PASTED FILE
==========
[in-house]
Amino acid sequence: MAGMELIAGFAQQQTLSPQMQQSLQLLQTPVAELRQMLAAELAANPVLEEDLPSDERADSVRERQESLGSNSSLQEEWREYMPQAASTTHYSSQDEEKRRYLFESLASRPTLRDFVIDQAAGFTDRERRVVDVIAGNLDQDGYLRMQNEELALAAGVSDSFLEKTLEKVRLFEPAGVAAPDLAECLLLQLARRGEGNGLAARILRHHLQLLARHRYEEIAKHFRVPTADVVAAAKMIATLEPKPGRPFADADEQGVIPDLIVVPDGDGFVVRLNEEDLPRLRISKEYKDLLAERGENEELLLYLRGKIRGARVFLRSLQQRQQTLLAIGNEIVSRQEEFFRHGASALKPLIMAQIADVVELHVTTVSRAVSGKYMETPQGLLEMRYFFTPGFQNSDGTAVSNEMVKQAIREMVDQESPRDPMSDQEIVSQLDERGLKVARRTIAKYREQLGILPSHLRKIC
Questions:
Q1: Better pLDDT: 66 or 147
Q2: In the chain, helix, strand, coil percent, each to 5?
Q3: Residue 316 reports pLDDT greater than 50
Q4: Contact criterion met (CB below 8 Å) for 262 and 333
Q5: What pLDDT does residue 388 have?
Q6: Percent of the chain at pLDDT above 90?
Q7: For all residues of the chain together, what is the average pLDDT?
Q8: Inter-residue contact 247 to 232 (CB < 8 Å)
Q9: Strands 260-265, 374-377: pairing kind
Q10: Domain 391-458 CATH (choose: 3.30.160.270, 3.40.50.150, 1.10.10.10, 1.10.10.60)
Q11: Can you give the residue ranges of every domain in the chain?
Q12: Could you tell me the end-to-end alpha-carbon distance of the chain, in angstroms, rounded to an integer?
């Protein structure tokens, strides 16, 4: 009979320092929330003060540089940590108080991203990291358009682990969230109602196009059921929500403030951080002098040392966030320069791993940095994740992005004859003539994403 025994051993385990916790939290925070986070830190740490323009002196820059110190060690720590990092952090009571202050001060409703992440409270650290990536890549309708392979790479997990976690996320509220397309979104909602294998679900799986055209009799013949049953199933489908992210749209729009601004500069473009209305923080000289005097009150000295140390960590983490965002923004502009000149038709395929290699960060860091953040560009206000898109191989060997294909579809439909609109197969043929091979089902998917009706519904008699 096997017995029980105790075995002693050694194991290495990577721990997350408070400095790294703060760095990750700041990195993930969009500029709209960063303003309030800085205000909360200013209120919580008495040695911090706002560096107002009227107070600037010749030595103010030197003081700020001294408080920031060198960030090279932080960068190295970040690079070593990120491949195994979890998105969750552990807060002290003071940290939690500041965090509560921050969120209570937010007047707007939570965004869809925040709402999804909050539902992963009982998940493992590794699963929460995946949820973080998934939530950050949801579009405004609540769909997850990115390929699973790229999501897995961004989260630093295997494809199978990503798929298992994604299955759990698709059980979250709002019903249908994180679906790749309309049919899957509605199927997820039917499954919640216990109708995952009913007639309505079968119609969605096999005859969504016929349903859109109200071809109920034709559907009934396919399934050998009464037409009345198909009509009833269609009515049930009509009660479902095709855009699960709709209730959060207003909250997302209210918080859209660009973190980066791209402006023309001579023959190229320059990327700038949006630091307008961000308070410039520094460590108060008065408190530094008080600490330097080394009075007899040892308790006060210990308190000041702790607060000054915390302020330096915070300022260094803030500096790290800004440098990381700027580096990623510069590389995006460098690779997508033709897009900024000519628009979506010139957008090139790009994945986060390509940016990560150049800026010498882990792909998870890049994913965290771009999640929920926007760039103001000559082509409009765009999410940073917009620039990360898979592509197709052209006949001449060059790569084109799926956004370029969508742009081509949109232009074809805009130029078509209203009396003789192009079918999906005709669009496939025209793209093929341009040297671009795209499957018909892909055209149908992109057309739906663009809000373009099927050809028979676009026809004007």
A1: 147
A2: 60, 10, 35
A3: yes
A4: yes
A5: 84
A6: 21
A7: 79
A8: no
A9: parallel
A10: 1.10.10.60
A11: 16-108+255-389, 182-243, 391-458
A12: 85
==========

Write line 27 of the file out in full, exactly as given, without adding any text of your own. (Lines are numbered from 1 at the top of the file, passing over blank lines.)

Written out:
A11: 16-108+255-389, 182-243, 391-458